Norbert Putnam
Putnam in 2014
Putnam in 2014
Background information
Birth nameNorbert Auvin Putnam
Born (1942-08-10) August 10, 1942 (age 80)
Florence, Alabama, United States
GenresRock, pop, country
Occupation(s)Record producer, musician

Norbert Auvin Putnam (born August 10, 1942) is an American record producer and musician.[1][2][3][4]

Putnam grew up near Florence, Alabama and was part of the Muscle Shoals musicians brought to Nashville to play for Elvis Presley in 1965.[1] Putnam worked there as a bassist on recording sessions with Presley,[1] Roy Orbison, Al Hirt, Henry Mancini, Dan Fogelberg, Linda Ronstadt, J. J. Cale, Tony Joe White, the Nitty Gritty Dirt Band, Michael Card, Ian & Sylvia and Bobby Goldsboro. On the Elvis recording of "Merry Christmas Baby", Putnam is referenced by Elvis, when he calls "Wake up Putt".

As a producer, Putnam was responsible for copious work on Nashville's non-country music output from the late 1960s to the early 1980s. His credits include major works that established the popularity of performers such as Jimmy Buffett, Joan Baez, Dan Fogelberg, Michael Card, Brewer & Shipley, Pousette Dart Band, Donovan, John Hiatt, J.J. Cale, the Flying Burrito Brothers, John Stewart and the New Riders of the Purple Sage. Putnam was instrumental in the wave of modernization of many recording studios in Nashville, and laid the groundwork for the city's growth and widening its appeal to pop/rock artist and virtually all other styles of music.

Early life

Putnam's father played in a family band as a young man and when son Norbert was growing up, an upright bass was in the household.[5] In his mid-teens, Putnam played bass in a band in Florence with other teenagers David Briggs and Jerry Carrigan. The boys were too young to drive then and Carrigan's father drove them to engagements.[6] After a couple of years they were hired by Tom Stafford, Rick Hall and Billy Sherrill to make demo recordings for a publishing company. In doing this, they learned how to work as a team to create arrangements for new songs. Putnam and his bandmates later followed Rick Hall to work at FAME Studios in Muscle Shoals and served as the rhythm section for hit records by Arthur Alexander, Tommy Roe and The Tams.[7] The success of these recordings drew the attention of the entire recording industry to the previously unknown and out-of-the way studio.[8] Putnam, Carrigan and Briggs were subsequently recruited by prominent music producers to move to Nashville, about 125 miles north. The three musicians left Muscle Shoals simultaneously to pursue separate careers in Nashville . Their replacements in Muscle Shoals became the second generation of the "Muscle Shoals Rhythm Section" nicknamed "The Swampers".[6] Putnam was inducted into the Musicians Hall of Fame and Museum in 2019. His book, Music Lessons Vol. 1: a Musical Memoir, was published in early 2017.[6]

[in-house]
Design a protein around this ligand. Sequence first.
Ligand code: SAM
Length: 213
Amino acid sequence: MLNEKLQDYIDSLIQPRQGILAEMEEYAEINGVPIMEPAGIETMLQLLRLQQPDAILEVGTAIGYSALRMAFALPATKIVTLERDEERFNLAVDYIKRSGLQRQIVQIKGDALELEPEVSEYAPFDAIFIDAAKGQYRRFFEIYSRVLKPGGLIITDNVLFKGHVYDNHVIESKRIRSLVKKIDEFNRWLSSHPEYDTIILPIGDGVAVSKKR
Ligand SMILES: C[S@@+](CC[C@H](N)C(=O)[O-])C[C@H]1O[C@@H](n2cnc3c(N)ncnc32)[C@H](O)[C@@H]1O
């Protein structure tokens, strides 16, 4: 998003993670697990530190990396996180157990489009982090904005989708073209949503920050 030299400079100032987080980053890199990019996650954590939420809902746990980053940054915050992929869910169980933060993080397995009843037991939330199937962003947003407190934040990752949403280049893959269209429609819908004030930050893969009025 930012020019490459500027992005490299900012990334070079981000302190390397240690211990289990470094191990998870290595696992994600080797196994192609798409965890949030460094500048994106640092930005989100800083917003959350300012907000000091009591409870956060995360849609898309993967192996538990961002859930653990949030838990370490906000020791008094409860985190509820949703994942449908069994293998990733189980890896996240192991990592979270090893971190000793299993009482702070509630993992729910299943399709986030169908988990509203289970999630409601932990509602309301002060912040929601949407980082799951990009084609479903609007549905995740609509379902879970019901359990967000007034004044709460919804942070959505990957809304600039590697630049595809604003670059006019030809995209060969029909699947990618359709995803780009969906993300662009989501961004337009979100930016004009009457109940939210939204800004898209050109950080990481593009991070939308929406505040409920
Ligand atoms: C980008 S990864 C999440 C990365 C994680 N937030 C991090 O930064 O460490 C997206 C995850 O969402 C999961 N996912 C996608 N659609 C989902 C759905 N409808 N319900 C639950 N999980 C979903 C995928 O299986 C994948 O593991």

Personal life

After a long career in Nashville, Putnam moved to Florence, Alabama, near his birthplace. In 2015, Putnam and his wife Sheryl purchased a nineteenth-century mansion there known as "Thimbleton" which they sold in 2019.[9]


  1. ^ a b c Kelly, Neil (11 September 2013). "For Ol' Times Sake: An Interview with Norbert Putnam About Elvis". PopMatters.
  2. ^ Rick Clark."Norbert Putnam." 1 November 2000. Accessed 1 October 2007.
  3. ^ Dan Daley. "Producer: Norbert Putnam – The Other Side Of Nashville." September 2003. Accessed 1 October 2007.
  4. ^ Robert McFarland, Jr. "Norbert Putnam." Delta Business Journal. November 2004. Accessed 1 October 2007.
  5. ^ Del Fiorentino, Dan (July 11, 2013). "NAMM Oral History Program/Norbert Putnam Interview/2013". National Association of Music Merchants. Retrieved January 14, 2020.
  6. ^ a b c Putnam, Norbert (2017). Music lessons : a musical memoir. Vol. 1. Nashville: Thimbleton House Media. ISBN 978-1-61850-090-8.
  7. ^ "The Nashville Musician Interview: Norbert Putnam". The Nashville Musician: The Official Quarterly Journal of the Nashville Musicians Association AFM Local 257. July 1, 2011. p. 15. Retrieved January 9, 2020.
  8. ^ Lewis, Randy (January 2, 2018). "Rick Hall, the father of the Muscle Shoals sound, dies at 85". Los Angeles Times. Retrieved July 1, 2019.
  9. ^ Schwartz, Seth (September 24, 2021). "An Alabama Couple Returns to Hometown Splendor". No. Vol. 278. No.72. The Wall Street Journal. p. M–1 (Mansion).